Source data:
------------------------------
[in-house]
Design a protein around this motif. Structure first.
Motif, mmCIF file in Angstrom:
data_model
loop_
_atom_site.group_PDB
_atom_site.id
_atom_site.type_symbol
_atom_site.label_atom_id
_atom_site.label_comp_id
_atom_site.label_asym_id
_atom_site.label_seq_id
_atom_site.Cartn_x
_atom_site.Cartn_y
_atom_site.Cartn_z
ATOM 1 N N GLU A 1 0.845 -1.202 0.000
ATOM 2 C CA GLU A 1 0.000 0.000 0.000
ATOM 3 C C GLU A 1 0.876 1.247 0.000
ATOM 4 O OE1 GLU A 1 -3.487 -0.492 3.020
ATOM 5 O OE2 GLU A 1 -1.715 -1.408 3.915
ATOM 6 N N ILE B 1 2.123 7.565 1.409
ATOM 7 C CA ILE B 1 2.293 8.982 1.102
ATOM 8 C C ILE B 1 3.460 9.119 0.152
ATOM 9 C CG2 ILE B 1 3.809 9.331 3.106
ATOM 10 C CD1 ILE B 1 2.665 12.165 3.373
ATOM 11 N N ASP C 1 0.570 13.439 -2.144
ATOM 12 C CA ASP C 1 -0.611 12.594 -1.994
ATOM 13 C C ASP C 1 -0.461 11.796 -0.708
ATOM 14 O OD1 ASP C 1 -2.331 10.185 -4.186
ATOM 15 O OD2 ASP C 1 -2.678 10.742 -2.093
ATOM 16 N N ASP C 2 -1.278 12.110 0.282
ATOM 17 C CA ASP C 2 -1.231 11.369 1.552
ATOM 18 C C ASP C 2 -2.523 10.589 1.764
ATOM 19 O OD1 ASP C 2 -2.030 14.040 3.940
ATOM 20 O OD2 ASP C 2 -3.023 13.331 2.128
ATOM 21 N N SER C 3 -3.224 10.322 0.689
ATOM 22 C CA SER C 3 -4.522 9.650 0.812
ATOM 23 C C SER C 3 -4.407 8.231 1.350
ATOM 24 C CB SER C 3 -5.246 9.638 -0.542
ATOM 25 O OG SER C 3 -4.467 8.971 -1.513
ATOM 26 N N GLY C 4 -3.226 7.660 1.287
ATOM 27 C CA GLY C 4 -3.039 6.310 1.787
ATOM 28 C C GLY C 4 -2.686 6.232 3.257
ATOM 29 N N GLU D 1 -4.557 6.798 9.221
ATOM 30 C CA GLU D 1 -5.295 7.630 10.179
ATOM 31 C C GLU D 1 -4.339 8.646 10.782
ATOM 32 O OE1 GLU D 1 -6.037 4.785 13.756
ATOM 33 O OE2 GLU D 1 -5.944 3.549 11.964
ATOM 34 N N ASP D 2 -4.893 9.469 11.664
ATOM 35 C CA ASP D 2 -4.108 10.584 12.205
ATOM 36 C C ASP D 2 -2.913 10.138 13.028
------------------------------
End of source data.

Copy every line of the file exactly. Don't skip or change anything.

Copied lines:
[in-house]
Design a protein around this motif. Structure first.
Motif, mmCIF file in Angstrom:
data_model
loop_
_atom_site.group_PDB
_atom_site.id
_atom_site.type_symbol
_atom_site.label_atom_id
_atom_site.label_comp_id
_atom_site.label_asym_id
_atom_site.label_seq_id
_atom_site.Cartn_x
_atom_site.Cartn_y
_atom_site.Cartn_z
ATOM 1 N N GLU A 1 0.845 -1.202 0.000
ATOM 2 C CA GLU A 1 0.000 0.000 0.000
ATOM 3 C C GLU A 1 0.876 1.247 0.000
ATOM 4 O OE1 GLU A 1 -3.487 -0.492 3.020
ATOM 5 O OE2 GLU A 1 -1.715 -1.408 3.915
ATOM 6 N N ILE B 1 2.123 7.565 1.409
ATOM 7 C CA ILE B 1 2.293 8.982 1.102
ATOM 8 C C ILE B 1 3.460 9.119 0.152
ATOM 9 C CG2 ILE B 1 3.809 9.331 3.106
ATOM 10 C CD1 ILE B 1 2.665 12.165 3.373
ATOM 11 N N ASP C 1 0.570 13.439 -2.144
ATOM 12 C CA ASP C 1 -0.611 12.594 -1.994
ATOM 13 C C ASP C 1 -0.461 11.796 -0.708
ATOM 14 O OD1 ASP C 1 -2.331 10.185 -4.186
ATOM 15 O OD2 ASP C 1 -2.678 10.742 -2.093
ATOM 16 N N ASP C 2 -1.278 12.110 0.282
ATOM 17 C CA ASP C 2 -1.231 11.369 1.552
ATOM 18 C C ASP C 2 -2.523 10.589 1.764
ATOM 19 O OD1 ASP C 2 -2.030 14.040 3.940
ATOM 20 O OD2 ASP C 2 -3.023 13.331 2.128
ATOM 21 N N SER C 3 -3.224 10.322 0.689
ATOM 22 C CA SER C 3 -4.522 9.650 0.812
ATOM 23 C C SER C 3 -4.407 8.231 1.350
ATOM 24 C CB SER C 3 -5.246 9.638 -0.542
ATOM 25 O OG SER C 3 -4.467 8.971 -1.513
ATOM 26 N N GLY C 4 -3.226 7.660 1.287
ATOM 27 C CA GLY C 4 -3.039 6.310 1.787
ATOM 28 C C GLY C 4 -2.686 6.232 3.257
ATOM 29 N N GLU D 1 -4.557 6.798 9.221
ATOM 30 C CA GLU D 1 -5.295 7.630 10.179
ATOM 31 C C GLU D 1 -4.339 8.646 10.782
ATOM 32 O OE1 GLU D 1 -6.037 4.785 13.756
ATOM 33 O OE2 GLU D 1 -5.944 3.549 11.964
ATOM 34 N N ASP D 2 -4.893 9.469 11.664
ATOM 35 C CA ASP D 2 -4.108 10.584 12.205
ATOM 36 C C ASP D 2 -2.913 10.138 13.028